According to a British Council report, one of the main reasons these skills are so important is economic: critical thinking and problem-solving help people make better decisions about their jobs and livelihood. For example, 78 per cent of people living in poverty are in rural areas and are farmers. Being able to think critically about different approaches to water and grassland management may boost productivity and increase income. In some communities, adopting different breeds has grown milk yields by 65 per cent, and better grassland management has doubled the income of herders.
Critical thinking can be divided into seven stages:
- Understanding the issue clearly without room for error or misunderstanding
- Understanding the final goals and objectives, or outputs and outcomes of the exercise
- Gathering as much information and data from multiple sources as possible to be able to make an informed decision
- Getting multiple points of view on the issue to formulate a complete picture
- Separating fact from assumption
- Looking back at historical data to check for any learning which can be useful
- Draw your most logical conclusion basis the above information
Tip: Discussions and group sessions are great ways to enhance critical thinking as they offer students a chance to think about things they care about and analyse the pros and cons of their thought processes to explain their points of view.
Free resources to help you develop your critical thinking skills:
- Improve your own critical thinking skills by doing free Sudoku puzzles. You can pause, print, clear, modify difficulty level and ask, ‘How am I doing?’ in the middle of the puzzle
- Here is a great blog by Don Watson on the concept of critical thinking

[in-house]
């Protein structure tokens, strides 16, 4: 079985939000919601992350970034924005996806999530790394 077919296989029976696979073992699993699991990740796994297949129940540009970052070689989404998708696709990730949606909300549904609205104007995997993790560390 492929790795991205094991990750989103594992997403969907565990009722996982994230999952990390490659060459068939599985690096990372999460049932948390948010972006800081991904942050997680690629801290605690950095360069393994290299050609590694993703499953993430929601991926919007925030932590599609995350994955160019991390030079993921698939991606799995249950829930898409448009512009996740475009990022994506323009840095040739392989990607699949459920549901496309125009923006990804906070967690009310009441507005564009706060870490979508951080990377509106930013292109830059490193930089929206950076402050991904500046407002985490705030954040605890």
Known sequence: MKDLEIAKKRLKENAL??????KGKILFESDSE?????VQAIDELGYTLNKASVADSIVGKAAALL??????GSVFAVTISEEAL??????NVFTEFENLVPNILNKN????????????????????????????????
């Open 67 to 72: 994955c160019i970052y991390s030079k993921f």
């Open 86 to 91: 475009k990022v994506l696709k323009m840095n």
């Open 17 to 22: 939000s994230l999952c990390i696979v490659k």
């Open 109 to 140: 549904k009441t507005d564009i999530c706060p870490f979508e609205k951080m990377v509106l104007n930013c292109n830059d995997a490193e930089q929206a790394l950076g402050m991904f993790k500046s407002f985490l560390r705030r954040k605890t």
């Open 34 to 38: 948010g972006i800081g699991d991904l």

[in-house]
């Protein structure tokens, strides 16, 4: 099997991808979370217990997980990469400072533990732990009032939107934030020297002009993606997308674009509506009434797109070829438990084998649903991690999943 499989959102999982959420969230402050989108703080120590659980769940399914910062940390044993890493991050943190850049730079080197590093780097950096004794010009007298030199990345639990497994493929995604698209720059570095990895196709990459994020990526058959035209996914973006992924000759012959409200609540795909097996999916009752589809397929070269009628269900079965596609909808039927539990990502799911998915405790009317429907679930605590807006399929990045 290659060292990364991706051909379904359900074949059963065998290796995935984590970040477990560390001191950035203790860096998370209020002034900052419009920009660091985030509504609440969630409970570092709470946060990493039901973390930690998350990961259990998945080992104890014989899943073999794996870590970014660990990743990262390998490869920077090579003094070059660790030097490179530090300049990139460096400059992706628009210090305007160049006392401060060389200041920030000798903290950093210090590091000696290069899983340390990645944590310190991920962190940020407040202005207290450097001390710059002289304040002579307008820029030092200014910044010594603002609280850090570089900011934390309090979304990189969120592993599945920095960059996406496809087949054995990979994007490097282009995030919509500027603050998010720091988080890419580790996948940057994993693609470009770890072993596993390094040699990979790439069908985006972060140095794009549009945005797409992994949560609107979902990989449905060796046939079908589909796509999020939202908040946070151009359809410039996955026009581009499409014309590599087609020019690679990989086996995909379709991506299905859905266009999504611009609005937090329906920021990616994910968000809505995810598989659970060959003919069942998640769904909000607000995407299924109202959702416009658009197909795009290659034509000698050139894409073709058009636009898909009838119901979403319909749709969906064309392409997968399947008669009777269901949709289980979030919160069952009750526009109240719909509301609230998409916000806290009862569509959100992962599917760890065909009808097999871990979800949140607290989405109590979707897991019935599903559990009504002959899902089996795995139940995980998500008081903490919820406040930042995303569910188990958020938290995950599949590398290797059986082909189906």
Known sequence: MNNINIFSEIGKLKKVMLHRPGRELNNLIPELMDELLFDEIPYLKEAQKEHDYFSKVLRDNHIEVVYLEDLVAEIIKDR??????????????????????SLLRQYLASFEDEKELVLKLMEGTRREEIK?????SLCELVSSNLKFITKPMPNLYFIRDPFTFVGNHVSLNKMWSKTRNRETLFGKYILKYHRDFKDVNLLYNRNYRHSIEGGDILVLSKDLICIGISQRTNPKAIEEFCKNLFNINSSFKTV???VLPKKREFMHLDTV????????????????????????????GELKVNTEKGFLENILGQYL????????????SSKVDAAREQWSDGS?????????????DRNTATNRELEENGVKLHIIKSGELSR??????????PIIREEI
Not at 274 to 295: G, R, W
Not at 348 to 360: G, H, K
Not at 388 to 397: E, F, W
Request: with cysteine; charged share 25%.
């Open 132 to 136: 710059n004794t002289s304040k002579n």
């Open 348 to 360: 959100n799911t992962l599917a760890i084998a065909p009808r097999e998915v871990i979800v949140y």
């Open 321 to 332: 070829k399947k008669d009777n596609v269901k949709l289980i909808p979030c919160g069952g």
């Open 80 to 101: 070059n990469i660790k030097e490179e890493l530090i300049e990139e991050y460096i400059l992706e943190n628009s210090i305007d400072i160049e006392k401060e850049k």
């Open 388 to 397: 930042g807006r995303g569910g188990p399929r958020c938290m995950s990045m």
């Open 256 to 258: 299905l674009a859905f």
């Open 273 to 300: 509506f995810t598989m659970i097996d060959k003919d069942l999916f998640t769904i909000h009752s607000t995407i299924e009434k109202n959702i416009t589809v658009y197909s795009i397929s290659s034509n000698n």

- For teachers, watch this sample lesson on encouraging critical thinking with the help of the map of the world.
- Taking an online course is a great way to advance these skills. MOOCs, for example, will expand your professional knowledge and provide global perspectives from other participants who join from around the world. The British Council offers a range of MOOCs on the FutureLearn platform, including ‘How to Succeed in a Global Workplace.’
- Look for courses that focus on maximising opportunities for you to speak or write. A good course will develop your independent learning skills and offer practical learning activities based on real-life situations.
At the British Council, these skills are built into our course design. For example, our online myEnglish courses include communicative group tasks in live online classes – all under the guidance of an internationally-qualified and experienced teacher.
Learn more about our online business communication learning and development solutions by clicking here: https://www.britishcouncil.in/english/corporates